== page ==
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METHOD OF IMPROVING STEP COVERAGE OF ELECTROPLATED PATTERNED MATERIALS

IP.com Disclosure Number: IPCOM000025674D
Original Publication Date: 1987-Apr-30
Included in the Prior Art Database: 2004-Apr-04
Document File: 4 page(s) / 186K

Publishing Venue

Xerox Disclosure Journal

Abstract

Devices such as integrated circuits, printed circuit boards, and thermal printheads require electrical conductors. These conductors require some form of passivation to prevent shorting or to protect the leads and devices from the immediate operating environment or ambient conditions in general.

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Page 1 of 4

XEROX DISCLOSURE JOURNAL

METHOD OF IMPROVING STEP COVERAGE OF ELECTROPLATED PATTERNED MATERIALS
James F. O'Neill

Proposed Classification

US. C1.291625 Int. C1. H05k 3/12

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Fig. 1

NORMAL PROCESS REVERSE PROCESS WITH MODIFIED

NOVALAK - BASED PHOTORESIST

DEVELOP

PLATE

STRIP RESIST AND BASE

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30

20 I I //I I

22

32

Fig. 2

Volume 12 Number 2 March/April 1987 61

[This page contains 1 picture or other non-text object]

Page 2 of 4

METHOD OF IMPROVING STEP COVERAGE OF ELECTRO- PLATED PATTERNED MATERIALS (Cont'd)

Devices such as integrated circuits, printed circuit boards, and thermal printheads require electrical conductors. These conductors require some form of passivation to prevent shorting or to protect the leads and devices from the immediate operating environment or ambient conditions in general.

Three methods of forming conductors are presently prominent in the industry. In one method, a thin film is blanket deposited on a substrate. The substrate is patterned with resist and then etched to form the desired electrical conductor pattern. This process yields properly tapered walls, although the walls have rather rough edges. Problems are encountered with this method as linewidths shrink more rapidly than film thicknesses. A selective etchant must be used, so as not to etch underlying films.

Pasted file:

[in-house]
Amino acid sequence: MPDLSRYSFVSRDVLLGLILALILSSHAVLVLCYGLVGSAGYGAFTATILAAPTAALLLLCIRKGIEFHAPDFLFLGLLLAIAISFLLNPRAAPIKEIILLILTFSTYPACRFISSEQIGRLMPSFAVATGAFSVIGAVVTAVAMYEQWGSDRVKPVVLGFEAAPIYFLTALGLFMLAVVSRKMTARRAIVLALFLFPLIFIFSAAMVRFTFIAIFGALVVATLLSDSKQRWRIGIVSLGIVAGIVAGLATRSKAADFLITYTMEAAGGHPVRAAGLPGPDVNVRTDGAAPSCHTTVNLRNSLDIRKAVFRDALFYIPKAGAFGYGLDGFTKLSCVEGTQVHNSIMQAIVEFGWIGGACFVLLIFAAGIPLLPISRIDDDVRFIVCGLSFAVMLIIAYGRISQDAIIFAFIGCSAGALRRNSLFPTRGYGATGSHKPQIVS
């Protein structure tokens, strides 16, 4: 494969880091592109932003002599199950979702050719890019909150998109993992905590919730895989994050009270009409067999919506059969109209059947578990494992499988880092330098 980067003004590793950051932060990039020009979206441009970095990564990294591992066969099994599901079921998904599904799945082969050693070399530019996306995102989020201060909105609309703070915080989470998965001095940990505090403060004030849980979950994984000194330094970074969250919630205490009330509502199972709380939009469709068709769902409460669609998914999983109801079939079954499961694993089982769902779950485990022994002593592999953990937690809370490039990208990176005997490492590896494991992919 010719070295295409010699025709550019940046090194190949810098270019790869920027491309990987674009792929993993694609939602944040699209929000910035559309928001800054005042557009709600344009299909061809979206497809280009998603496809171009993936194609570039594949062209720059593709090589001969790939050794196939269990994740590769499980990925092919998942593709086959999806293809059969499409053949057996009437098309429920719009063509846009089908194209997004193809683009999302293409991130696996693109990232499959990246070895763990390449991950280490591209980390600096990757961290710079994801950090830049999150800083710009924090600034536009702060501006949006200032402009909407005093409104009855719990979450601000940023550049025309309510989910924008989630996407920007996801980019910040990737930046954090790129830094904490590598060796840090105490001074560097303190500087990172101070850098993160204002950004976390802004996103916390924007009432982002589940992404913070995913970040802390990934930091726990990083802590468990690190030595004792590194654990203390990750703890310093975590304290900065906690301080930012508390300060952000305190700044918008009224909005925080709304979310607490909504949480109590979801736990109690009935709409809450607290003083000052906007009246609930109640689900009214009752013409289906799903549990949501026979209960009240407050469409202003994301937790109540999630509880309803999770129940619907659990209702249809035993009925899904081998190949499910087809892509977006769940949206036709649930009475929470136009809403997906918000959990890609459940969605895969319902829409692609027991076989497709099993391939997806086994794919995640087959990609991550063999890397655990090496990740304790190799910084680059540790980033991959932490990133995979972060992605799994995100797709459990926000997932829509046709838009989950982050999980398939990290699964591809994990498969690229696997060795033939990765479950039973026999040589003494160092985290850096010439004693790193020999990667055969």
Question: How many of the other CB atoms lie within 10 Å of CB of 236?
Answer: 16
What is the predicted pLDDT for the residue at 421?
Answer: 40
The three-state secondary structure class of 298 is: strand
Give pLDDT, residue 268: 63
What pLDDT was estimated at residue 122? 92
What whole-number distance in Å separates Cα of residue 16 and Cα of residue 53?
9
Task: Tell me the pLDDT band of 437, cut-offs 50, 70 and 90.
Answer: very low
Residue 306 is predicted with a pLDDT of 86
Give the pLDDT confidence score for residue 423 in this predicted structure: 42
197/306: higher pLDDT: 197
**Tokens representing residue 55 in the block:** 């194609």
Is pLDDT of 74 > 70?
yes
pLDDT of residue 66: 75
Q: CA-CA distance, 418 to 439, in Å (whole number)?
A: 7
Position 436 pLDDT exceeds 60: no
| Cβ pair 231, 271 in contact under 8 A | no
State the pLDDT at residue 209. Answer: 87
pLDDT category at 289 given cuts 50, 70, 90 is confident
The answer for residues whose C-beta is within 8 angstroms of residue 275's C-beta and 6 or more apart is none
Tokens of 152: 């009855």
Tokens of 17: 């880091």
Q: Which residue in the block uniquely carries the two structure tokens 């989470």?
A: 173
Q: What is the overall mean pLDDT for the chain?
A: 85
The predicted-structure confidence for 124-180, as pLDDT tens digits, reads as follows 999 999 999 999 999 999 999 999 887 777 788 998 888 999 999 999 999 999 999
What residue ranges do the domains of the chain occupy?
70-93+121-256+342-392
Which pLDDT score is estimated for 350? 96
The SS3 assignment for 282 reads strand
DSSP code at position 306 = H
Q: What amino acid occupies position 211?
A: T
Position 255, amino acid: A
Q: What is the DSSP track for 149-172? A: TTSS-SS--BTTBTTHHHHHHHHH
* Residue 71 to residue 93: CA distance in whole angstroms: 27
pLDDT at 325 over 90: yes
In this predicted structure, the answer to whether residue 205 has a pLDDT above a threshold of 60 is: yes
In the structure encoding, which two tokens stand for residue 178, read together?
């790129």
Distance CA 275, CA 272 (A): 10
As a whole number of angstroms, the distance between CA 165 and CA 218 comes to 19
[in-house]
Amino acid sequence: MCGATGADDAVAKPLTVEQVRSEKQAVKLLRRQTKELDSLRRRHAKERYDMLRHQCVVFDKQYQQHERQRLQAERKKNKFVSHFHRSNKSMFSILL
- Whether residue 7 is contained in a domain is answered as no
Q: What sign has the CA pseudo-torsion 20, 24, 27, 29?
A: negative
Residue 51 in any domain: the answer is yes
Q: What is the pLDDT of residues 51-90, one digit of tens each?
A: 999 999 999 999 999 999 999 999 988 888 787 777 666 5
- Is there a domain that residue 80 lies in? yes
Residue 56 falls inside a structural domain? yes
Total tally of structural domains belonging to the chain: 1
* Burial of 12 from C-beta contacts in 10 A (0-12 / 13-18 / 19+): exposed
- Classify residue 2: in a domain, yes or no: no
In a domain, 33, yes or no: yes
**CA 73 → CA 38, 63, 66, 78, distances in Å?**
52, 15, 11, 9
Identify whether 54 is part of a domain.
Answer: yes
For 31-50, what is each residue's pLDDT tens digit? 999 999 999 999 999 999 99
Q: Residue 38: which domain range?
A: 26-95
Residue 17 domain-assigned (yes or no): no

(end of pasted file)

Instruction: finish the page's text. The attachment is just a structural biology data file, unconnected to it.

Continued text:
In another method, a conductor material is deposited onto a substrate on which a photoresist pattern has previously been defined. The resist pattern must have an overhang profile for success. Such overhang profile may be achieved by either a method of reverse imaging of the positive resist, or the three-layer method of applying resist 12, an unreactive film 14, and a thin resist. In Figure 1, the resist 12 and the unreactive film 14 on substrate 10 are patterned, so that the unreactive film is used for a mask to expose the initial resist. The resist 12 is overetched to form an overhang by the unreactive film
14. The conductor material (not shown) is then deposited, contacting the substrate only where desired, i.e, where the resist has been removed. Because of the overhang, deposited material is discontinuous between the substrate and that on the overhang material. The resist is stripped, removing the unwanted material with it and leaving the desired pattern. This process yields tapered side walls.

A third method is electroplating, in which a substrate is initially blanket deposited with a conductive film, followed by patterning of a resist. The substrate is electroplated and the resist removed. Electroplating is prominent where precious metals or expensive materials are used or where large thickness to linewidth ratios are required. A typical resist profile, however, causes a negative slope to be formed during the plating operation. This negative slope leads to voids and poor step coverage of ensuing vapor deposited insulators. Refer to the normal process in Figure 2. This poor step coverage can lead to shorts between layers of conductors or l...